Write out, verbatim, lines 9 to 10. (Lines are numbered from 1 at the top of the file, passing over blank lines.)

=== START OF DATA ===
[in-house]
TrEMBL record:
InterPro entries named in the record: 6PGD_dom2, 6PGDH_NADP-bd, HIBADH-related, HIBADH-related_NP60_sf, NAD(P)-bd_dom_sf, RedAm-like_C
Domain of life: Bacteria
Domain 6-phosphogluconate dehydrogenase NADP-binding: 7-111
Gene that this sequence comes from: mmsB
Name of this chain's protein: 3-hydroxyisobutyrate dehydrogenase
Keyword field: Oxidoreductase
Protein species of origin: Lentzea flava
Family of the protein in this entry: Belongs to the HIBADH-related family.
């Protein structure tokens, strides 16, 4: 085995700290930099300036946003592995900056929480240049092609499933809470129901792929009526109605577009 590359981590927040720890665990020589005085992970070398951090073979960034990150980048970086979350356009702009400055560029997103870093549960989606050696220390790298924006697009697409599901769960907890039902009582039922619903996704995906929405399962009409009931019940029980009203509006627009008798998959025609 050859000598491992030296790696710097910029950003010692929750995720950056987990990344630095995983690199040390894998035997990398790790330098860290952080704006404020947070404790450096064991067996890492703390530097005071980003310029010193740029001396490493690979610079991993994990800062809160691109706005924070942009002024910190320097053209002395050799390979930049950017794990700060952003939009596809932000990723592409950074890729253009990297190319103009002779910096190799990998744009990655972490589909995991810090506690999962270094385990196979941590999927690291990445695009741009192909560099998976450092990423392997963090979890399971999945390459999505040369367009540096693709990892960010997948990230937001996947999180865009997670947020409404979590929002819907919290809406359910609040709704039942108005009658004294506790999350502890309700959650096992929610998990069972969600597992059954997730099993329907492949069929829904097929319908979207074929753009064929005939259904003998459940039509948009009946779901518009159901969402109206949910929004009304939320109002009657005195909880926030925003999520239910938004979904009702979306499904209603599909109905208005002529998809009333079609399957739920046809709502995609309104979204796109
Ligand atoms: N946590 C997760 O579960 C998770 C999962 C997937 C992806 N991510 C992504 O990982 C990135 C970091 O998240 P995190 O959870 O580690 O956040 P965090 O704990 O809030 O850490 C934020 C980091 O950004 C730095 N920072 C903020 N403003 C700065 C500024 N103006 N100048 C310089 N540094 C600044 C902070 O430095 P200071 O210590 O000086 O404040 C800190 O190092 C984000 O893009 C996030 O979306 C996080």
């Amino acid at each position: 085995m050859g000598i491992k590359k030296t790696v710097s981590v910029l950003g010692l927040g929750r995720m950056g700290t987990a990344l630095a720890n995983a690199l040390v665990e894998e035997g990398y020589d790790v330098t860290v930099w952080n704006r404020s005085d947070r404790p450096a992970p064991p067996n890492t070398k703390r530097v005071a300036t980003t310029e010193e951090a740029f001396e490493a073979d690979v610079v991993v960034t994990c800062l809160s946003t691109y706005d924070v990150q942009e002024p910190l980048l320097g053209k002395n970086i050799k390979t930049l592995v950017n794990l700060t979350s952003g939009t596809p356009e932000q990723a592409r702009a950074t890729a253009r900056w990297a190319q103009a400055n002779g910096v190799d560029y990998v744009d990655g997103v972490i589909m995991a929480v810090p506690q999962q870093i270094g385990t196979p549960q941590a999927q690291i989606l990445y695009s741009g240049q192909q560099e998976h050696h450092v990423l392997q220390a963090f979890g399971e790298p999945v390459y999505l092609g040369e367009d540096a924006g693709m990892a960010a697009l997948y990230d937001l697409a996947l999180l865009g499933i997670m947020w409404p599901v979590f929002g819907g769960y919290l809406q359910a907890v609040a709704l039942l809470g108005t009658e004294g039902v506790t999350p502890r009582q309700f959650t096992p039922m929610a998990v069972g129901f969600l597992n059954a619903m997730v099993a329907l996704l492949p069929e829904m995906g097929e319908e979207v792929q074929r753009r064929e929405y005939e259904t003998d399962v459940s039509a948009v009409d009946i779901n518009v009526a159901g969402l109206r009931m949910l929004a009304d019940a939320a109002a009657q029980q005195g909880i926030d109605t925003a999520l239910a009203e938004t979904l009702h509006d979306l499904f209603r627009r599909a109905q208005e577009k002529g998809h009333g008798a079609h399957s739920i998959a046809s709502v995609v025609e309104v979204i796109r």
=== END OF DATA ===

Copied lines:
Protein species of origin: Lentzea flava
Family of the protein in this entry: Belongs to the HIBADH-related family.